Once upon a time. It’s how so many of our most beloved stories start.
Fairy tales have dominated our cultural imagination for centuries. From the Brothers Grimm to the Countess d’Aulnoy, from Charles Perrault to Hans Christian Anderson, storytellers have crafted all sorts of tales that have always found a place in our hearts.
Now a new generation of storytellers have taken up the mantle that the masters created and shaped their stories into something startling and electrifying.
Packed with award-winning authors, this anthology explores an array of fairy tales in startling and innovative ways, in genres and settings both traditional and unusual, including science fiction, western, and post-apocalyptic as well as traditional fantasy and contemporary horror.
From the woods to the stars, The Starlit Wood: New Fairy Tales takes readers on a journey at once unexpected and familiar, as a diverse group of writers explore some of our most beloved tales in new ways across genres and styles.
Contains stories by: Charlie Jane Anders, Aliette de Bodard, Amal El-mohtar, Jeffrey Ford, Max Gladstone, Theodora Goss, Daryl Gregory, Kat Howard, Stephen Graham Jones, Margo Lanagan, Marjorie Liu, Seanan McGuire, Garth Nix, Naomi Novik, Sofia Samatar, Karin Tidbeck, Catherynne M. Valente, and Genevieve Valentine.
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|Publisher:||Gallery / Saga Press|
|Product dimensions:||5.60(w) x 8.40(h) x 1.30(d)|
About the Author
Navah Wolfe is a Hugo Award–nominated editor at Saga Press and the coeditor of The Starlit Wood: New Fairy Tales and Mythic Dream, along with Dominik Parisien. She was previously an editor at Simon & Schuster Books for Young Readers, where she worked on many bestselling books, including some that have won awards such as the Printz Honor, The Pura Belpré Award, The Pen/Faulkner Award, The Stonewall Award, the Lambda Literary Award, and the Schneider Family Award.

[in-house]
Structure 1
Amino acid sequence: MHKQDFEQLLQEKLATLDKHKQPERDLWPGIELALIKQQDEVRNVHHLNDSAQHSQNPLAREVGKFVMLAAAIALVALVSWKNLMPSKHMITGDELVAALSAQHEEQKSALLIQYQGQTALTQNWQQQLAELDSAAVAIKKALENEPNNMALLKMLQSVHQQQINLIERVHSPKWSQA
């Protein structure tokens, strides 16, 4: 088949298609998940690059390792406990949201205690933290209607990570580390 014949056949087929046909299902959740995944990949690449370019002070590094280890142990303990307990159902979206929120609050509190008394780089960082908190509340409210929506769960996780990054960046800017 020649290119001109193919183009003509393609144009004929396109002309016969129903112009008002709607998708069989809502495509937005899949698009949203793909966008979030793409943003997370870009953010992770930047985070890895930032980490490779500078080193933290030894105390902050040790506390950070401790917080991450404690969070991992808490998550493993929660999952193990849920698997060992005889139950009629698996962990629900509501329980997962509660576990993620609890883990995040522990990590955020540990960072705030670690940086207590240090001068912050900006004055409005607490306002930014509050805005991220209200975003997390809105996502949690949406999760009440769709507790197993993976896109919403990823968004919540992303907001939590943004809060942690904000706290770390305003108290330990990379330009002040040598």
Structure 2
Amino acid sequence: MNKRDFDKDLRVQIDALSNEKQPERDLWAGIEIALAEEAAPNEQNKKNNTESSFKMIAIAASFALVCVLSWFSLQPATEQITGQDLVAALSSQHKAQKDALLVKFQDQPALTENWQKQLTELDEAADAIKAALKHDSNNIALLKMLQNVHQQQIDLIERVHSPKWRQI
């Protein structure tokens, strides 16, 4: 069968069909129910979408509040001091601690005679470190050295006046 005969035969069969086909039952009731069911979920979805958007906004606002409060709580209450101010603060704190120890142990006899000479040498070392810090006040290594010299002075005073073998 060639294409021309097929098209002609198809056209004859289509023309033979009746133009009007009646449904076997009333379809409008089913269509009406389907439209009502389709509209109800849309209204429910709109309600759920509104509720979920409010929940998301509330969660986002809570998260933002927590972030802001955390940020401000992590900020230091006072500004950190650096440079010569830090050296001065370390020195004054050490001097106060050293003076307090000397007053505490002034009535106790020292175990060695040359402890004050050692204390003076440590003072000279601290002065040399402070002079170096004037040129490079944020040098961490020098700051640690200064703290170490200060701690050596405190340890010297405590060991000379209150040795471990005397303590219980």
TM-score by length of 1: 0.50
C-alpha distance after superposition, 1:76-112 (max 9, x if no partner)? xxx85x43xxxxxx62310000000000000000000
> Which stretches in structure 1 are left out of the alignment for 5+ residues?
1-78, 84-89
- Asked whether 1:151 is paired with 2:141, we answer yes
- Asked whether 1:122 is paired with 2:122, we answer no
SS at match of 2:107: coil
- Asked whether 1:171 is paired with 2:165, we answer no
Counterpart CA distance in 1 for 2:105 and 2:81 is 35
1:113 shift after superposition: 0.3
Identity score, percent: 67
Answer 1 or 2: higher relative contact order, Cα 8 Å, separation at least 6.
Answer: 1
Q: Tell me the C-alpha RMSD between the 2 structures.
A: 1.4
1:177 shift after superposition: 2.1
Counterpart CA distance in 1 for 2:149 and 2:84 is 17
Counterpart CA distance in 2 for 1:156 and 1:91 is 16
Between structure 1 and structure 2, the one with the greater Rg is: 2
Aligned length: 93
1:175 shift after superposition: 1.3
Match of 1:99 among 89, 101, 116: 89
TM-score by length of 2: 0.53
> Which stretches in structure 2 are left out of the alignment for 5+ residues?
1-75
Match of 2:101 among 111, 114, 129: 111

Read an Excerpt
The Starlit Wood AUTHOR’S NOTE
Seanan McGuire: The story of “Little Red Riding Hood” has always had a special place in my heart—one that was solidified forever when I played her several times as a teenager in productions of Into the Woods. She is young; she is innocent; she is unprepared. Like most people who adore the story and grew up steeped in the modern mythology of horror movies and urban fantasy, I thought, “What if she was the werewolf?” and put together a whole series pitch; sadly, as I was in high school at the time, it never went anywhere, but still. I love Red, and when I was asked to be in this anthology, I leapt at the chance to tell her story again. I also love horror movies, but at this point, a werewolf Red seemed predictable. At the same time, her story is inherently one of betrayal by someone who was trusted, however unwisely, and of attaining adulthood through a single trip through the woods. It seemed natural to turn the story on its ear, to turn trees into endless sand, to turn men into wolves, and to let Red cut her own path for once. I think it’s recognizable, and in the end, that’s what matters about fairy tales: that they use different codes to tell the same story, and still bring you out the other side.